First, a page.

4. Was the outcome accurately Yes HINT: Look for measurement or measured to minimise bias? classification bias:
Can’t Tell • did they use subjective or objective measurements
No • do the measurements truly reflect what you want them to (have they been validated)
• has a reliable system been
established for detecting all the cases (for measuring disease occurrence)
• were the measurement
methods similar in the different groups
• were the subjects and/or the outcome assessor blinded to exposure (does this matter)
5. (a) Have the authors identified all important confounding factors?
5. (b) Have they taken account of the confounding factors in the design and/or analysis?
6. (a) Was the follow up of subjects complete enough?
6. (b) Was the follow up of
subjects long enough?
• list the ones you think might be
Can’t Tell important, and ones the author missed No
• look for restriction in design, and
Can’t Tell techniques e.g. modelling, stratified-, regression-, or sensitivity analysis to
No correct, control or adjust for confounding
Yes HINT: Consider
• the good or bad effects should have had long enough to reveal
Can’t Tell themselves
• the persons that are lost to follow-up
No may have different outcomes than
those available for assessment
• in an open or dynamic cohort, was there anything special about the
outcome of the people leaving, or the exposure of the people entering the cohort Yes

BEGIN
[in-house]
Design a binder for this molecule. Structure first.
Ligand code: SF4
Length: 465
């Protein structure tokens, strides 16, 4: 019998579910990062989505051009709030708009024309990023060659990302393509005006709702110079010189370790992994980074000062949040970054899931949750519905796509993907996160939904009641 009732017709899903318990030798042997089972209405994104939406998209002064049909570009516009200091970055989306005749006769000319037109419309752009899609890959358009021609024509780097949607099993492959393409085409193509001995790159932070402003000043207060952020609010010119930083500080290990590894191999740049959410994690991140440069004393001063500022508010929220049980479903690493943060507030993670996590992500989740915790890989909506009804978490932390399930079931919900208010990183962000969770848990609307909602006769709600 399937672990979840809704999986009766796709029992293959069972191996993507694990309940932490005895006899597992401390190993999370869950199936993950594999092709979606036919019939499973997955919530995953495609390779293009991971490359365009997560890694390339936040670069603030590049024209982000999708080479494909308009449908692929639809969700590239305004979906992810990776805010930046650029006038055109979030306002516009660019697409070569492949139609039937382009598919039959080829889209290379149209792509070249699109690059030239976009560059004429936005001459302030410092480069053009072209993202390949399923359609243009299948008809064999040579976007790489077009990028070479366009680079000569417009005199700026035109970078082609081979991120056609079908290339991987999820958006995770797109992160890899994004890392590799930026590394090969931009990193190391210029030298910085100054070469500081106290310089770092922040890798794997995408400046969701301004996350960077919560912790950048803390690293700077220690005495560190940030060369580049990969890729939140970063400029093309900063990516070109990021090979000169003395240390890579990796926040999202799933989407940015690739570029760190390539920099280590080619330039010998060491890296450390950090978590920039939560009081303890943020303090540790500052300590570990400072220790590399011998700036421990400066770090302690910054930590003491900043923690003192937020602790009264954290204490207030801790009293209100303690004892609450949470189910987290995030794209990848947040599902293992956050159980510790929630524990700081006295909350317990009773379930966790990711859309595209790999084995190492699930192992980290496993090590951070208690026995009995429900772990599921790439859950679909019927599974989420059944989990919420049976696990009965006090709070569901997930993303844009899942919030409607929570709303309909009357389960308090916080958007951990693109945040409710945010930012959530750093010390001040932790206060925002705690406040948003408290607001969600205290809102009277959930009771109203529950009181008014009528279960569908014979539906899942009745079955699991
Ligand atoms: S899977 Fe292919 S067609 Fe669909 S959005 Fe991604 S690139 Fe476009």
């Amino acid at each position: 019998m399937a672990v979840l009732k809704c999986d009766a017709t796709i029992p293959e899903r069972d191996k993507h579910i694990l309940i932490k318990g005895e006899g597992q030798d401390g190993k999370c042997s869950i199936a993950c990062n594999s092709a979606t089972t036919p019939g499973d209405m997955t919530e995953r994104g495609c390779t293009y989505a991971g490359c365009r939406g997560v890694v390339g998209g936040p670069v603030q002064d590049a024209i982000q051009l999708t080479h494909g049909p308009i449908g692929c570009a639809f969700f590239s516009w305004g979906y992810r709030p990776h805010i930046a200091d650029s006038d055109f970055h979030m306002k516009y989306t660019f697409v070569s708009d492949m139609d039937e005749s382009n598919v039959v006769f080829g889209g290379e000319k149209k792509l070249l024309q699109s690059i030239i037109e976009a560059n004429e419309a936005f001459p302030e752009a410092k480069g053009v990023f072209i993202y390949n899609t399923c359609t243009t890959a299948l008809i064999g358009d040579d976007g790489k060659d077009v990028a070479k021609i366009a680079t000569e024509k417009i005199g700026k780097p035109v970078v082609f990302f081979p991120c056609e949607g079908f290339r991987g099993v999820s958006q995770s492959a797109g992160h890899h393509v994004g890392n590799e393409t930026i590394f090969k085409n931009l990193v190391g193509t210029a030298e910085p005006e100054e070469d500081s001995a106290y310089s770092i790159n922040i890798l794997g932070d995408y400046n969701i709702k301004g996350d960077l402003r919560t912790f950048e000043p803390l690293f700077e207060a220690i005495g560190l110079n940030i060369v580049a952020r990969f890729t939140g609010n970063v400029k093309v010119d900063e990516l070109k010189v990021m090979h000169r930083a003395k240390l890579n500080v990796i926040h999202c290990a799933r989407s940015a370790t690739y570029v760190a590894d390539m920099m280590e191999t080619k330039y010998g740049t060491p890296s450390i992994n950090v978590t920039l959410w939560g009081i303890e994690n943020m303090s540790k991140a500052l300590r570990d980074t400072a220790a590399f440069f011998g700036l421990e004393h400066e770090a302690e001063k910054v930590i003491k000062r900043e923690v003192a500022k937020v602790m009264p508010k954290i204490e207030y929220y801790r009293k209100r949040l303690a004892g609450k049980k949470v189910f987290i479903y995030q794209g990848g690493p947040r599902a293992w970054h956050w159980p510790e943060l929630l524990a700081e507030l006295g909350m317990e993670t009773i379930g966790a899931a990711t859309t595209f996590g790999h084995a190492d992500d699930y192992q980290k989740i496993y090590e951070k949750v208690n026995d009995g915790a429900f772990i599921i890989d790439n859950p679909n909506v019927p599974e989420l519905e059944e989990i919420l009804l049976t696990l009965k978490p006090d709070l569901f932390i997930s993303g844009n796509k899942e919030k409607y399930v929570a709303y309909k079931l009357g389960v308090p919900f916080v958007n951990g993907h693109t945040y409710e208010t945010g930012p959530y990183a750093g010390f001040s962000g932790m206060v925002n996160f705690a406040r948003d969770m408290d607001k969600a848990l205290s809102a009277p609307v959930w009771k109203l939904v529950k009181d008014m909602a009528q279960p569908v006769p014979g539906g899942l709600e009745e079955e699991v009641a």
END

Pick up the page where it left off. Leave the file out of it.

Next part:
Can’t Tell
Section B: What are the results?
7. What are the results of this study? HINT: Consider
• what are the bottom line results
• have they reported the rate or the proportion between the exposed/unexposed, the ratio/rate difference
• how strong is the association between exposure and outcome (RR)
• what is the absolute risk
reduction (ARR)
8. How precise are the results? HINT: • look for the range of the confidence
intervals, if given
9. Do you believe the results? Yes HINT: Consider
• big effect is hard to ignore
Can’t Tell • can it be due to bias, chance or confounding
No • are the design and methods of this study sufficiently flawed to make the results unreliable
• Bradford Hills criteria (e.g. time
sequence, dose-response gradient, biological plausibility, consistency)
Section C: Will the results help locally?
HINT: Consider whether
• a cohort study was the appropriate method to answer this question • the subjects covered in this study could be sufficiently different from your population to cause concern
10. Can the results be applied to Yes the local population?
Can’t Tell
• your local setting is likely to differ
much from that of the study

you can quantify the local benefits and harms
11. Do the results of this study fit Yes with other available
evidence? Can’t Tell
12. What are the implications of Yes HINT: Consider this study for practice? • one observational study rarely
provides sufficiently robust
Can’t Tell
evidence to recommend changes to clinical practice or within health
No policy decision making
• for certain questions, observational studies provide the only evidence
• recommendations from
observational studies are always stronger when supported by other evidence